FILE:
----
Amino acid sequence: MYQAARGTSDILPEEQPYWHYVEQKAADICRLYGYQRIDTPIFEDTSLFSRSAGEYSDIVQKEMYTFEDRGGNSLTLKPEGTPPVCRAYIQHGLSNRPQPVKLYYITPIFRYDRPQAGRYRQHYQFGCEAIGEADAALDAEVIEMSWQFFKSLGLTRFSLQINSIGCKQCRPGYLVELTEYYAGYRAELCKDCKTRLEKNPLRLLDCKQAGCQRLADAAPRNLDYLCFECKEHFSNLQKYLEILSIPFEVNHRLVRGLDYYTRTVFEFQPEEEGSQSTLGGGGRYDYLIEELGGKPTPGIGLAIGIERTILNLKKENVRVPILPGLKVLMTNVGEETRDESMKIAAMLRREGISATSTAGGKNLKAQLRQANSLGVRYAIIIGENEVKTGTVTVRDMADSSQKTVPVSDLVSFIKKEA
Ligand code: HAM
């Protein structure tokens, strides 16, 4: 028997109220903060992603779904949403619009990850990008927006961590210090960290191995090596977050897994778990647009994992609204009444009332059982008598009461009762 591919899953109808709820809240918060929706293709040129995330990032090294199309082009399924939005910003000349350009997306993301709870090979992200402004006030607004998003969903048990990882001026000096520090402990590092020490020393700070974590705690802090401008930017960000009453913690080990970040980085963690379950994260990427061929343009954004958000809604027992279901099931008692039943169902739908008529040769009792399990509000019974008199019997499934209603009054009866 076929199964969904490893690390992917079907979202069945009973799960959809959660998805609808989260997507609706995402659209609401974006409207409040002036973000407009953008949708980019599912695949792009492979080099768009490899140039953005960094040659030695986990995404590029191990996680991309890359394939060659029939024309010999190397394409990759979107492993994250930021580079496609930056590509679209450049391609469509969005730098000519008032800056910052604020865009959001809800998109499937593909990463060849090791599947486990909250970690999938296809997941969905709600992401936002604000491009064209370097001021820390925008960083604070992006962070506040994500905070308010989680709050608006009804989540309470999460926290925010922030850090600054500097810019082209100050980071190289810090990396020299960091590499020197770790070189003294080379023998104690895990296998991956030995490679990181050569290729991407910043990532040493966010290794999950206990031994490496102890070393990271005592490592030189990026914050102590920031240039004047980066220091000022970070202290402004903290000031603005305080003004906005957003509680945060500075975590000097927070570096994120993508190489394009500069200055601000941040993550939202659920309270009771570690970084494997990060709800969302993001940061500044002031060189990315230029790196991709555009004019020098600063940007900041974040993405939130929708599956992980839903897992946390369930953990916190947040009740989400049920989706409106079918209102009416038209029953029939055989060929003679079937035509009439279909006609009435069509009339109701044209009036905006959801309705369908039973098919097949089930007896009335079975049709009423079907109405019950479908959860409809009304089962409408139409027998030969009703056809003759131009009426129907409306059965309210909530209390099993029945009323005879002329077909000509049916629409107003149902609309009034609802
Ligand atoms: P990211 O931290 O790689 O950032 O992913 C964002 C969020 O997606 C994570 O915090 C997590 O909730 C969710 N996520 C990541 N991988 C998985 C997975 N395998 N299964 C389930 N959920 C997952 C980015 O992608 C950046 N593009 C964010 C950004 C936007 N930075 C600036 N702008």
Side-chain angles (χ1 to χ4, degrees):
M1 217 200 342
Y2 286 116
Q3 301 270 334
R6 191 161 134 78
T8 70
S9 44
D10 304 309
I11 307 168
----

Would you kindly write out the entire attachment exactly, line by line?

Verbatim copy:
Amino acid sequence: MYQAARGTSDILPEEQPYWHYVEQKAADICRLYGYQRIDTPIFEDTSLFSRSAGEYSDIVQKEMYTFEDRGGNSLTLKPEGTPPVCRAYIQHGLSNRPQPVKLYYITPIFRYDRPQAGRYRQHYQFGCEAIGEADAALDAEVIEMSWQFFKSLGLTRFSLQINSIGCKQCRPGYLVELTEYYAGYRAELCKDCKTRLEKNPLRLLDCKQAGCQRLADAAPRNLDYLCFECKEHFSNLQKYLEILSIPFEVNHRLVRGLDYYTRTVFEFQPEEEGSQSTLGGGGRYDYLIEELGGKPTPGIGLAIGIERTILNLKKENVRVPILPGLKVLMTNVGEETRDESMKIAAMLRREGISATSTAGGKNLKAQLRQANSLGVRYAIIIGENEVKTGTVTVRDMADSSQKTVPVSDLVSFIKKEA
Ligand code: HAM
């Protein structure tokens, strides 16, 4: 028997109220903060992603779904949403619009990850990008927006961590210090960290191995090596977050897994778990647009994992609204009444009332059982008598009461009762 591919899953109808709820809240918060929706293709040129995330990032090294199309082009399924939005910003000349350009997306993301709870090979992200402004006030607004998003969903048990990882001026000096520090402990590092020490020393700070974590705690802090401008930017960000009453913690080990970040980085963690379950994260990427061929343009954004958000809604027992279901099931008692039943169902739908008529040769009792399990509000019974008199019997499934209603009054009866 076929199964969904490893690390992917079907979202069945009973799960959809959660998805609808989260997507609706995402659209609401974006409207409040002036973000407009953008949708980019599912695949792009492979080099768009490899140039953005960094040659030695986990995404590029191990996680991309890359394939060659029939024309010999190397394409990759979107492993994250930021580079496609930056590509679209450049391609469509969005730098000519008032800056910052604020865009959001809800998109499937593909990463060849090791599947486990909250970690999938296809997941969905709600992401936002604000491009064209370097001021820390925008960083604070992006962070506040994500905070308010989680709050608006009804989540309470999460926290925010922030850090600054500097810019082209100050980071190289810090990396020299960091590499020197770790070189003294080379023998104690895990296998991956030995490679990181050569290729991407910043990532040493966010290794999950206990031994490496102890070393990271005592490592030189990026914050102590920031240039004047980066220091000022970070202290402004903290000031603005305080003004906005957003509680945060500075975590000097927070570096994120993508190489394009500069200055601000941040993550939202659920309270009771570690970084494997990060709800969302993001940061500044002031060189990315230029790196991709555009004019020098600063940007900041974040993405939130929708599956992980839903897992946390369930953990916190947040009740989400049920989706409106079918209102009416038209029953029939055989060929003679079937035509009439279909006609009435069509009339109701044209009036905006959801309705369908039973098919097949089930007896009335079975049709009423079907109405019950479908959860409809009304089962409408139409027998030969009703056809003759131009009426129907409306059965309210909530209390099993029945009323005879002329077909000509049916629409107003149902609309009034609802
Ligand atoms: P990211 O931290 O790689 O950032 O992913 C964002 C969020 O997606 C994570 O915090 C997590 O909730 C969710 N996520 C990541 N991988 C998985 C997975 N395998 N299964 C389930 N959920 C997952 C980015 O992608 C950046 N593009 C964010 C950004 C936007 N930075 C600036 N702008």
Side-chain angles (χ1 to χ4, degrees):
M1 217 200 342
Y2 286 116
Q3 301 270 334
R6 191 161 134 78
T8 70
S9 44
D10 304 309
I11 307 168